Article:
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  3. Thankful for good young Logan to the rescue again!!
    I totally get it. Like putting one foot in the bathtub and trying to remember if I’m getting in or out! Getting old is a barrel of laughs!

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    1. I get the most mileage from things I hear. When I repeat what I heard, listeners fall off their chairs laughing. Hearing aids will be my first old-age crutch. Meanwhile, I’m getting lots of fun out of getting old.

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  4. Every once in a while I forget how to swallow. Thinking about it only makes it worse. It only resolves when I distract myself. I am very impressed that you lost some muscle memory due to the fact that you were broadening your horizons by learning something new.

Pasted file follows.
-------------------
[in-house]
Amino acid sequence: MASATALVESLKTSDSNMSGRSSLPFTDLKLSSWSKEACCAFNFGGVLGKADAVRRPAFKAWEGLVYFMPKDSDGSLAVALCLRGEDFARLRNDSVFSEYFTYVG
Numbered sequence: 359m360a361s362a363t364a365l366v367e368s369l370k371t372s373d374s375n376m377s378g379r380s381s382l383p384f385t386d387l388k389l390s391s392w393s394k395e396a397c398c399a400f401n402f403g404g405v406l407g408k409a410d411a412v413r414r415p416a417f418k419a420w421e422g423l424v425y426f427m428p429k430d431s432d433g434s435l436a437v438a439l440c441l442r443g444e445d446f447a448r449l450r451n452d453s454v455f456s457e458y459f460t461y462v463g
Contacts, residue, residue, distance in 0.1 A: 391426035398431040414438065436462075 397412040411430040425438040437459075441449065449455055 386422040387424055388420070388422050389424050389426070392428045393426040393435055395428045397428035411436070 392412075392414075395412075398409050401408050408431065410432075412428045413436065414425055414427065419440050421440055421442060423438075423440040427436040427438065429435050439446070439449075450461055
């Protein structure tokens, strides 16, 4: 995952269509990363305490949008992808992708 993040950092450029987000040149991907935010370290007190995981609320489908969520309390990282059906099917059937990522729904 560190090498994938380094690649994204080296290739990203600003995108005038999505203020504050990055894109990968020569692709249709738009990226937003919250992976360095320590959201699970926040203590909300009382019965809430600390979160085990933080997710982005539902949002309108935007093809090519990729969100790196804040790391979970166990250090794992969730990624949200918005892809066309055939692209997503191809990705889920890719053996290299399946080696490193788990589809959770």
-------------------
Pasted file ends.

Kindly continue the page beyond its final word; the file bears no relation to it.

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    1. Well, the muscles worked, but the brain got in the way. I had to quit thinking in order to tie my shoes.

      That’s amusing that you can forget how to swallow. I was driving myself home from a dental appointment, and I couldn’t remember where to put my tongue. Should it be behind the teeth? or keeping the teeth from touching each other when not chewing?

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  5. We all have those moments Anne. My mom keep on reminding us everyday that she wants to go home but keeps forgetting is she has taken her maintenance medicine which I give every morning to her.